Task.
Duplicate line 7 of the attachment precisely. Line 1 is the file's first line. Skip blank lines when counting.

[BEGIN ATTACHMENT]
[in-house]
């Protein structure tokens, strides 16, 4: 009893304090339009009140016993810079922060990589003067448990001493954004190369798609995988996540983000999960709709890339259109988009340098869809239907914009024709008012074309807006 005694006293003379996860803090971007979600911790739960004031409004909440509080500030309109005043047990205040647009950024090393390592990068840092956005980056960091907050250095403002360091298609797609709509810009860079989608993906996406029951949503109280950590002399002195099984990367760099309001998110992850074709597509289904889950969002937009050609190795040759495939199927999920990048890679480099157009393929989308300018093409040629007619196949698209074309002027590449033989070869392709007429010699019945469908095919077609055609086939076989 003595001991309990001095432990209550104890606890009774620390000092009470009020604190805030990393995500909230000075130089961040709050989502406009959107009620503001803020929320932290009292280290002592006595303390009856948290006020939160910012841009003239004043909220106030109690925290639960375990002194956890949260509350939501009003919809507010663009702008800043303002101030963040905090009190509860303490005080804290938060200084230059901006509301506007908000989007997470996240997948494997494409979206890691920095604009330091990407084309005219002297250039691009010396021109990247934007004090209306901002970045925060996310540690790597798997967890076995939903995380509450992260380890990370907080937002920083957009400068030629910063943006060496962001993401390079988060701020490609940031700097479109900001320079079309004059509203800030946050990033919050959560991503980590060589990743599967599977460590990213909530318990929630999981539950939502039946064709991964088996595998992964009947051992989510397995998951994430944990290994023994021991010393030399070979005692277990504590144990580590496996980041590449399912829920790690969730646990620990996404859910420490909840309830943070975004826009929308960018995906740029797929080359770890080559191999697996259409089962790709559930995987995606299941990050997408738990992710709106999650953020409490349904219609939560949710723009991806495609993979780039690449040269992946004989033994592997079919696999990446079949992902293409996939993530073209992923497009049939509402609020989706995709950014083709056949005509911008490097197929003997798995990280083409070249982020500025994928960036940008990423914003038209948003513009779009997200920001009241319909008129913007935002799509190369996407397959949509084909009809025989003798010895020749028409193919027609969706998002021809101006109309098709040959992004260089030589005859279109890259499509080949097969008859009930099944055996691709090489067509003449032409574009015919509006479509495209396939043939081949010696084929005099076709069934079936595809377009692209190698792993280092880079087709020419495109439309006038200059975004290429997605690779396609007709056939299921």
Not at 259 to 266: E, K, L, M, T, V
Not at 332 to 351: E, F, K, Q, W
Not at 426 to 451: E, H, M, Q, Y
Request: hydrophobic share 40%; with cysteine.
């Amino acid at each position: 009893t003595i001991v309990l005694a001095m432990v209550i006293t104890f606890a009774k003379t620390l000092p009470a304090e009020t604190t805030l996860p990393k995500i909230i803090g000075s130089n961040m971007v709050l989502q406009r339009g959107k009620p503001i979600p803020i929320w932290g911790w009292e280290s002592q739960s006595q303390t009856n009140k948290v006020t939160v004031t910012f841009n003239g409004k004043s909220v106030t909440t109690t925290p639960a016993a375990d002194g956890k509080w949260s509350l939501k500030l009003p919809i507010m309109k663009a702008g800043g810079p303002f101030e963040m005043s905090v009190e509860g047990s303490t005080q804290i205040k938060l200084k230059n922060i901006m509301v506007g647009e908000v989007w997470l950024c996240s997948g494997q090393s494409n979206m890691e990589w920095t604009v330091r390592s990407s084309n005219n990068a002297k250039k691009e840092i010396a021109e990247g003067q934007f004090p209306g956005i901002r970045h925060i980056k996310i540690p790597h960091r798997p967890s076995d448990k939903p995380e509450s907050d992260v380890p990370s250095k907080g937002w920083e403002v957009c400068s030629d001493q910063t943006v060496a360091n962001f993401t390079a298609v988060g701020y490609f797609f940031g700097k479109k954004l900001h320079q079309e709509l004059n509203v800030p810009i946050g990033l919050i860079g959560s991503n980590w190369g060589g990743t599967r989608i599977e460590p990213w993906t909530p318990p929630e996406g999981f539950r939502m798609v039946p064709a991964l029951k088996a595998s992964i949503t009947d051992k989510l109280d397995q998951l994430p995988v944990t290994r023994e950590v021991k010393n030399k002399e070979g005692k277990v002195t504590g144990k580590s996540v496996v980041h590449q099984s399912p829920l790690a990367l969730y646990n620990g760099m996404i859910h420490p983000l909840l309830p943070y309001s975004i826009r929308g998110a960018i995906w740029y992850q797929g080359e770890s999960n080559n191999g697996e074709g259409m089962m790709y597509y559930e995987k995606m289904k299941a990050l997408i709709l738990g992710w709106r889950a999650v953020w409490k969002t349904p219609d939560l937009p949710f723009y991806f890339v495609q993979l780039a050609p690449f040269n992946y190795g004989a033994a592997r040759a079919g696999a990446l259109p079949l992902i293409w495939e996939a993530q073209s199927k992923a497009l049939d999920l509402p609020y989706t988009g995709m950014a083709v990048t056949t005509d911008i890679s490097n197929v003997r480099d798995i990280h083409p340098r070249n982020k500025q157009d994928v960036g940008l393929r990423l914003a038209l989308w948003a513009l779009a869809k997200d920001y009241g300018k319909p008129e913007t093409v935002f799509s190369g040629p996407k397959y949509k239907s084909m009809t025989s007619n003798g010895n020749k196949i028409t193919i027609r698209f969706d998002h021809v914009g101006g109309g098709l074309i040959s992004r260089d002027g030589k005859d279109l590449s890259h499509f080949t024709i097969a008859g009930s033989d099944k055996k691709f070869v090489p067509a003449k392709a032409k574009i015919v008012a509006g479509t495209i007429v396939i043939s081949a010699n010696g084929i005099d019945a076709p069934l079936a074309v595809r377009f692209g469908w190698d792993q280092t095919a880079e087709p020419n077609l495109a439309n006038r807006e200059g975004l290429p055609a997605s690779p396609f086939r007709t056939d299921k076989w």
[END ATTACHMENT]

């Amino acid at each position: 009893t003595i001991v309990l005694a001095m432990v209550i006293t104890f606890a009774k003379t620390l000092p009470a304090e009020t604190t805030l996860p990393k995500i909230i803090g000075s130089n961040m971007v709050l989502q406009r339009g959107k009620p503001i979600p803020i929320w932290g911790w009292e280290s002592q739960s006595q303390t009856n009140k948290v006020t939160v004031t910012f841009n003239g409004k004043s909220v106030t909440t109690t925290p639960a016993a375990d002194g956890k509080w949260s509350l939501k500030l009003p919809i507010m309109k663009a702008g800043g810079p303002f101030e963040m005043s905090v009190e509860g047990s303490t005080q804290i205040k938060l200084k230059n922060i901006m509301v506007g647009e908000v989007w997470l950024c996240s997948g494997q090393s494409n979206m890691e990589w920095t604009v330091r390592s990407s084309n005219n990068a002297k250039k691009e840092i010396a021109e990247g003067q934007f004090p209306g956005i901002r970045h925060i980056k996310i540690p790597h960091r798997p967890s076995d448990k939903p995380e509450s907050d992260v380890p990370s250095k907080g937002w920083e403002v957009c400068s030629d001493q910063t943006v060496a360091n962001f993401t390079a298609v988060g701020y490609f797609f940031g700097k479109k954004l900001h320079q079309e709509l004059n509203v800030p810009i946050g990033l919050i860079g959560s991503n980590w190369g060589g990743t599967r989608i599977e460590p990213w993906t909530p318990p929630e996406g999981f539950r939502m798609v039946p064709a991964l029951k088996a595998s992964i949503t009947d051992k989510l109280d397995q998951l994430p995988v944990t290994r023994e950590v021991k010393n030399k002399e070979g005692k277990v002195t504590g144990k580590s996540v496996v980041h590449q099984s399912p829920l790690a990367l969730y646990n620990g760099m996404i859910h420490p983000l909840l309830p943070y309001s975004i826009r929308g998110a960018i995906w740029y992850q797929g080359e770890s999960n080559n191999g697996e074709g259409m089962m790709y597509y559930e995987k995606m289904k299941a990050l997408i709709l738990g992710w709106r889950a999650v953020w409490k969002t349904p219609d939560l937009p949710f723009y991806f890339v495609q993979l780039a050609p690449f040269n992946y190795g004989a033994a592997r040759a079919g696999a990446l259109p079949l992902i293409w495939e996939a993530q073209s199927k992923a497009l049939d999920l509402p609020y989706t988009g995709m950014a083709v990048t056949t005509d911008i890679s490097n197929v003997r480099d798995i990280h083409p340098r070249n982020k500025q157009d994928v960036g940008l393929r990423l914003a038209l989308w948003a513009l779009a869809k997200d920001y009241g300018k319909p008129e913007t093409v935002f799509s190369g040629p996407k397959y949509k239907s084909m009809t025989s007619n003798g010895n020749k196949i028409t193919i027609r698209f969706d998002h021809v914009g101006g109309g098709l074309i040959s992004r260089d002027g030589k005859d279109l590449s890259h499509f080949t024709i097969a008859g009930s033989d099944k055996k691709f070869v090489p067509a003449k392709a032409k574009i015919v008012a509006g479509t495209i007429v396939i043939s081949a010699n010696g084929i005099d019945a076709p069934l079936a074309v595809r377009f692209g469908w190698d792993q280092t095919a880079e087709p020419n077609l495109a439309n006038r807006e200059g975004l290429p055609a997605s690779p396609f086939r007709t056939d299921k076989w």